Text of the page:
Buggy Boy logo Amiga Computing Excellence Award

IT's not every day that you find a completely non-violent game that manages to combine speed, skills and excitement with simplicity, but Buggy Boy has managed to deliver the goods in fine style.

Coin-op conversions too often fail to reach the standards of the originals. The same cannot be said of Buggy Boy. All the qualities that made this Taito machine so popular in the arcades have been skilfully ported across to the Amiga. Elite is to be congratulated on a first rate job.

The scenario is simple. You are in charge of a cute four-wheeled Baja buggy and must drive it around a number of courses, earning points as you go. Controls are equally simple - using the joystick, push forward to accelerate, back to brake, left and right to steer and the fire button to toggle between low and high gears.

Five selectable courses run through differently stylised landscapes. Every course is broken down into five legs - you must complete each one within a given time limit before you'll be allowed to continue to the next.

The view of the action is from high above and just behind your buggy, mud spurting from its wheels as it picks up speed. Your progress around the course is charted on a map at the top of the screen where other information, such as time remaining, score, gear selected and speed is also displayed.
The roads are mainly split into three driving lanes - you can drive outside these but your buggy slows up considerably. Drive through wide, bunting-capped gates and past short coloured flags to earn points. Extra points are gained by hitting the flags in the prescribed order shown at the top of the screen. Gates labelled "Time" will add a further two seconds to the limit allowed to complete the next leg - if you make it that far.

The biggest problem to fast and unimpeded progress is the sheer quantity and type of obstacles - some of them so cunningly placed that you'll need quick reflexes to avoid them. Boulders, heaped tyres, trees, fences, timber stacks, cacti, and street lamps will flip your buggy over if hit, causing it to spin and come to a swift stop.

Valuable time is lost when you drive off the highway into the sea or a lake - your buggy disappears with a splash, floats up and repositions itself back on the road. Smacking straight into a solid wall results in your buggy being replaced by a short burst of flame - the only disappointing graphics effect - then reappearing in mint condition at a point beside the impact.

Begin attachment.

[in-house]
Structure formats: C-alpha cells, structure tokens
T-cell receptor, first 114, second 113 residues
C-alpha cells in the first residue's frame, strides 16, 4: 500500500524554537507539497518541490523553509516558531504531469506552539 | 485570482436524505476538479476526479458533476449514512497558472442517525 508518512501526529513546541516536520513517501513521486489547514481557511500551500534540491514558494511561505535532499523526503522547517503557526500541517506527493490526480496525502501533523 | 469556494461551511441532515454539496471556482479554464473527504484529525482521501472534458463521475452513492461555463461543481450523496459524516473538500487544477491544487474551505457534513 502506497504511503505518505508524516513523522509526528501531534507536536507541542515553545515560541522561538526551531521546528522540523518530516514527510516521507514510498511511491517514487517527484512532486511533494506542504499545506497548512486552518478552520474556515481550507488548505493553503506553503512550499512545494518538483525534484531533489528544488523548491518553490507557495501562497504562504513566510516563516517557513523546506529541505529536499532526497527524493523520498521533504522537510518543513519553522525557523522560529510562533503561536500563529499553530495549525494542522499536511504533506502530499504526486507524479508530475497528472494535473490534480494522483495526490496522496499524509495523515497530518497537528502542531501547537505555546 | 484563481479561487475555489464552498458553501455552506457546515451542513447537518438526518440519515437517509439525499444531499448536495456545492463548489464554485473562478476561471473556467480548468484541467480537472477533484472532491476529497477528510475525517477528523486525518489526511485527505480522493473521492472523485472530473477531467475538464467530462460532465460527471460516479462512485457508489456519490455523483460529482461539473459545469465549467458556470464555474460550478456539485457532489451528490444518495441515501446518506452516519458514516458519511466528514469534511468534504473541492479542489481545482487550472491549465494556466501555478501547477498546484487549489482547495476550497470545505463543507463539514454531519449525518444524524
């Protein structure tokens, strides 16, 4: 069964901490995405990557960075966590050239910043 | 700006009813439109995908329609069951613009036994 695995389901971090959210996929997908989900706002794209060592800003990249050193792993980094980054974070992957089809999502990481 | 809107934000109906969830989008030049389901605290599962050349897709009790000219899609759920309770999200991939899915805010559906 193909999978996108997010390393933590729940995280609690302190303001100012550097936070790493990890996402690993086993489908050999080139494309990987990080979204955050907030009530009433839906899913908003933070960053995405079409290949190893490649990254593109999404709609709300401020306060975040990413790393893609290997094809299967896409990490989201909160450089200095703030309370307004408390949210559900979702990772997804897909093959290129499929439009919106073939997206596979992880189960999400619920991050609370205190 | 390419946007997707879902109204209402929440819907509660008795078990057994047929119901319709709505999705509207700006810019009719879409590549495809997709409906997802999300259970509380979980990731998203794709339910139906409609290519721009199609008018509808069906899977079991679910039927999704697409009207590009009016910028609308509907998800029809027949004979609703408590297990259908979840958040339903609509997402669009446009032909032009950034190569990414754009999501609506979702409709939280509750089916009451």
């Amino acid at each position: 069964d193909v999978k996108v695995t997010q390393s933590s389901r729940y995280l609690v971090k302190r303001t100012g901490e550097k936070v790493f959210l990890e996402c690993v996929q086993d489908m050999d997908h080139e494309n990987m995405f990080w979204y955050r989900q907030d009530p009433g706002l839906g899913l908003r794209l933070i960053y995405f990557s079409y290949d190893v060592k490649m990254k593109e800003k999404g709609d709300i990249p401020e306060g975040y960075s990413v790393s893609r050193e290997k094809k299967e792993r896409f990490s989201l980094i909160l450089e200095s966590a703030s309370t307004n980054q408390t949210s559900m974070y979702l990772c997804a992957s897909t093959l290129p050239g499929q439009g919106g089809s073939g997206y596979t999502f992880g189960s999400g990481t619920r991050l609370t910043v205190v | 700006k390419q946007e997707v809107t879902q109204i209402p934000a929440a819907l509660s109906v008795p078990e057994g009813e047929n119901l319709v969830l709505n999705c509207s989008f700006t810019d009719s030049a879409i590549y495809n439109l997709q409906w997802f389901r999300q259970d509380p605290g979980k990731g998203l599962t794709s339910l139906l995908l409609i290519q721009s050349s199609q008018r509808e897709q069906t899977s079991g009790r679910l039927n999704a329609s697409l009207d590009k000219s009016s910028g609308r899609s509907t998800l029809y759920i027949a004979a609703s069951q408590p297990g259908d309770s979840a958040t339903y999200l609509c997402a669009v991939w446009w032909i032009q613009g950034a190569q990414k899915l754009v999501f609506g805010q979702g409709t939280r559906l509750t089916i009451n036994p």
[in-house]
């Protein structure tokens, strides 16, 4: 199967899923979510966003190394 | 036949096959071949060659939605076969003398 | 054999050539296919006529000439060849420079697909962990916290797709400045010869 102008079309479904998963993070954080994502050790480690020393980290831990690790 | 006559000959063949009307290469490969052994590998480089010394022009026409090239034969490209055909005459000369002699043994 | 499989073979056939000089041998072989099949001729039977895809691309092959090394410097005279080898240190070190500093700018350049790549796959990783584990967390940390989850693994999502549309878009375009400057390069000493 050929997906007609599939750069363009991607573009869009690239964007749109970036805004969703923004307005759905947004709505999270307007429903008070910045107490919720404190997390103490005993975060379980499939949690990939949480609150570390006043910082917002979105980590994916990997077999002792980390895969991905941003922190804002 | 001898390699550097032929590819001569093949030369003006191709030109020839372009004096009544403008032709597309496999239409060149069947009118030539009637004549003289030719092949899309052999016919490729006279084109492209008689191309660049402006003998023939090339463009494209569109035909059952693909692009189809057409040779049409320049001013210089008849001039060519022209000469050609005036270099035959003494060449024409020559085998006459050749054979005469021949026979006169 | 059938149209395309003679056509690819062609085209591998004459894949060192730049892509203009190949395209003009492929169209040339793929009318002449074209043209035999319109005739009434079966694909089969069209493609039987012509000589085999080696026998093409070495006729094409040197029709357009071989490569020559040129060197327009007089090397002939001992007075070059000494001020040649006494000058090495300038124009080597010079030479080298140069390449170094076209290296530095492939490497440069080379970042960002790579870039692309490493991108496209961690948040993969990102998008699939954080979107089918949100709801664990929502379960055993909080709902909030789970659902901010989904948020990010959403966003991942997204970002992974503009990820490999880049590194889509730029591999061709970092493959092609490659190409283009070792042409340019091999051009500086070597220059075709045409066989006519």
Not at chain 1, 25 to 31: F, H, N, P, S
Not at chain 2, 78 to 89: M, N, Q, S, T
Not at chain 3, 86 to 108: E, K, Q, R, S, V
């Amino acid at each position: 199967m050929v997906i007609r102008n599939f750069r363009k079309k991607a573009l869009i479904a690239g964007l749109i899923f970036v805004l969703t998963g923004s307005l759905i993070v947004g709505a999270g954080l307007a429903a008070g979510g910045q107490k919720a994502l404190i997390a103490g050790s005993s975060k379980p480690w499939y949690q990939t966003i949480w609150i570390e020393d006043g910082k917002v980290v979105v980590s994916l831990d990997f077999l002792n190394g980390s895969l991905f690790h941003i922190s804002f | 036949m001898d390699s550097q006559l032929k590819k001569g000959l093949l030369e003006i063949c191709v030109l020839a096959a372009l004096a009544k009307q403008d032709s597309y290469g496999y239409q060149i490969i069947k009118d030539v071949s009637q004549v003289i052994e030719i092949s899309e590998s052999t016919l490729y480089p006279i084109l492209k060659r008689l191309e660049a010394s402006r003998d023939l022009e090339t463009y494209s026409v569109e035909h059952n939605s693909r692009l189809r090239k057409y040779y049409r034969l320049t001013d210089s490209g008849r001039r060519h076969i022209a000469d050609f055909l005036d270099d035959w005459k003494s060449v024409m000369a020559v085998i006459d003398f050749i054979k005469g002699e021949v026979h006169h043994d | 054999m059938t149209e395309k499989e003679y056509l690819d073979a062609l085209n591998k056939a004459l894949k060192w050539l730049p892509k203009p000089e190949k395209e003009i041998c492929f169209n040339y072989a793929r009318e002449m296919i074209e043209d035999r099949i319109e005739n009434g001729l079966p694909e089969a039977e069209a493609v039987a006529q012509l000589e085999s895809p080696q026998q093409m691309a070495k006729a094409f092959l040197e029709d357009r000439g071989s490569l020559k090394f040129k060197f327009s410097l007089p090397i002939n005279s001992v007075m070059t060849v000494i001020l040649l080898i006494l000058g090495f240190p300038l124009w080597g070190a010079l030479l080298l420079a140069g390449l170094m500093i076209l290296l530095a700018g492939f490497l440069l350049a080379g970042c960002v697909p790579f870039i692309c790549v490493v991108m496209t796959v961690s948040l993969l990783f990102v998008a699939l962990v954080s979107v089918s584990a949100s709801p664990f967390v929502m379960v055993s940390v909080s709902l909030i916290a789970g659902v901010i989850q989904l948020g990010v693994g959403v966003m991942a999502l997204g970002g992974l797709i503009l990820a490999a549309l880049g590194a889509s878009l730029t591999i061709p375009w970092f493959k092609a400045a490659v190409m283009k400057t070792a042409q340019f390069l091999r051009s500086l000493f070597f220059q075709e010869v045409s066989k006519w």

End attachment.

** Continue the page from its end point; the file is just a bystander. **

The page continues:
Adding enormously to the fun are dark and winding tunnels, sloping embankments which you can gleefully drive your buggy up - like a wall-of-death rider, footballs which take off like scalded cats when struck, puddles of gunge which momentarily slow you down, and logs which when hit, surprisingly send you soaring through the air - handy for leaping obstacles.

And most fun of all are the molehills and tree stumps which, when struck, tip your buggy on its side allowing you to zip along on two wheels for as long as you can keep it in that position. This technique is essential for dodging round some of the more fiendishly placed obstacles.

Assuming you make it through one leg of the course in time, there's no rest - you race straight on to the next stage. A pause facility on the left hand mouse button is useful. The joystick hand begins to wilt after five punishing non-stop legs.

Nifty sound effects, jolly jingles, bright colours, clean and cute graphics, fast and smooth action and a well varied content makes Buggy Boy a joy to play. The challenge of completing all the courses and then trying again and again to better your score ensures that this is a game that will not soon be consigned to the attic. A lively and lovely, non-violent game. Nice one, Elite.

Buggy Boy logo CU Amiga Screen Star

Price: £24.95

A full seven months after the release of the totally groovy 64 version, Buggy Boy has finally arrived on the Amiga. If you're already yawning at the prospect of another race game and are just about to turn the pace, don't. Buggy Boy is a race game with a difference. There are no 30 squillion horsepower Mansellmobiles or Playboy sports cars to drive here, instead you take the wheel of a huge customised beach buggy. Sounds like fun? It is.